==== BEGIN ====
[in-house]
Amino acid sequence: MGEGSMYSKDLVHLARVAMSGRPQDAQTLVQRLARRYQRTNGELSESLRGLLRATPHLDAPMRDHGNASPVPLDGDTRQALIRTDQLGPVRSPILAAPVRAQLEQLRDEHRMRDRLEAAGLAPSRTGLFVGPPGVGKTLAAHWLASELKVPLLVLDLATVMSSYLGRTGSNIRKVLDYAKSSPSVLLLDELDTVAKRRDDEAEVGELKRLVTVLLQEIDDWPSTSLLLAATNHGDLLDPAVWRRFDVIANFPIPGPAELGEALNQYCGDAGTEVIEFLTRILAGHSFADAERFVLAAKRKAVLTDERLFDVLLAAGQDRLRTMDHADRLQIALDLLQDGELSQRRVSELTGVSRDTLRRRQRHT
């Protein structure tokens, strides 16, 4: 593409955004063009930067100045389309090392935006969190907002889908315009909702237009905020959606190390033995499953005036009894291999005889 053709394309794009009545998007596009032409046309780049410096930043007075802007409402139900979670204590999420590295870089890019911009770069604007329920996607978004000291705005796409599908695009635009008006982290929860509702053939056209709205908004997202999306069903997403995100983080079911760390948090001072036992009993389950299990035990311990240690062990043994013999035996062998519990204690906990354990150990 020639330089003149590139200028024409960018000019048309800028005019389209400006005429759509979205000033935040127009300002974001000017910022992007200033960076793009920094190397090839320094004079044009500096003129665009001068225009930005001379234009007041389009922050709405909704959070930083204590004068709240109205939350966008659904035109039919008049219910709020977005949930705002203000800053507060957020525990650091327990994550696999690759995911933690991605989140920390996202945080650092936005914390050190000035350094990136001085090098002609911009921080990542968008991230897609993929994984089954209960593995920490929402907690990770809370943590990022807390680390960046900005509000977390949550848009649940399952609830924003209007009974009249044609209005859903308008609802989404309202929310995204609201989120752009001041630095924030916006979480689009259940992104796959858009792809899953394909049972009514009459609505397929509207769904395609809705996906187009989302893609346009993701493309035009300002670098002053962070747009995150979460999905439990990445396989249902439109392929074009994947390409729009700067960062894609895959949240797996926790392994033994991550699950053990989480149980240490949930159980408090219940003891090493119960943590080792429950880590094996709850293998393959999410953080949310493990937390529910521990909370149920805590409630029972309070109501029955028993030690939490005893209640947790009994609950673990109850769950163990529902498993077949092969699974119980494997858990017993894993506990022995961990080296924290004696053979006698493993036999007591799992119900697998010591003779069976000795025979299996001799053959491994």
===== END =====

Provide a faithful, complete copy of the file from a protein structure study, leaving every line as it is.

[in-house]
Amino acid sequence: MGEGSMYSKDLVHLARVAMSGRPQDAQTLVQRLARRYQRTNGELSESLRGLLRATPHLDAPMRDHGNASPVPLDGDTRQALIRTDQLGPVRSPILAAPVRAQLEQLRDEHRMRDRLEAAGLAPSRTGLFVGPPGVGKTLAAHWLASELKVPLLVLDLATVMSSYLGRTGSNIRKVLDYAKSSPSVLLLDELDTVAKRRDDEAEVGELKRLVTVLLQEIDDWPSTSLLLAATNHGDLLDPAVWRRFDVIANFPIPGPAELGEALNQYCGDAGTEVIEFLTRILAGHSFADAERFVLAAKRKAVLTDERLFDVLLAAGQDRLRTMDHADRLQIALDLLQDGELSQRRVSELTGVSRDTLRRRQRHT
């Protein structure tokens, strides 16, 4: 593409955004063009930067100045389309090392935006969190907002889908315009909702237009905020959606190390033995499953005036009894291999005889 053709394309794009009545998007596009032409046309780049410096930043007075802007409402139900979670204590999420590295870089890019911009770069604007329920996607978004000291705005796409599908695009635009008006982290929860509702053939056209709205908004997202999306069903997403995100983080079911760390948090001072036992009993389950299990035990311990240690062990043994013999035996062998519990204690906990354990150990 020639330089003149590139200028024409960018000019048309800028005019389209400006005429759509979205000033935040127009300002974001000017910022992007200033960076793009920094190397090839320094004079044009500096003129665009001068225009930005001379234009007041389009922050709405909704959070930083204590004068709240109205939350966008659904035109039919008049219910709020977005949930705002203000800053507060957020525990650091327990994550696999690759995911933690991605989140920390996202945080650092936005914390050190000035350094990136001085090098002609911009921080990542968008991230897609993929994984089954209960593995920490929402907690990770809370943590990022807390680390960046900005509000977390949550848009649940399952609830924003209007009974009249044609209005859903308008609802989404309202929310995204609201989120752009001041630095924030916006979480689009259940992104796959858009792809899953394909049972009514009459609505397929509207769904395609809705996906187009989302893609346009993701493309035009300002670098002053962070747009995150979460999905439990990445396989249902439109392929074009994947390409729009700067960062894609895959949240797996926790392994033994991550699950053990989480149980240490949930159980408090219940003891090493119960943590080792429950880590094996709850293998393959999410953080949310493990937390529910521990909370149920805590409630029972309070109501029955028993030690939490005893209640947790009994609950673990109850769950163990529902498993077949092969699974119980494997858990017993894993506990022995961990080296924290004696053979006698493993036999007591799992119900697998010591003779069976000795025979299996001799053959491994």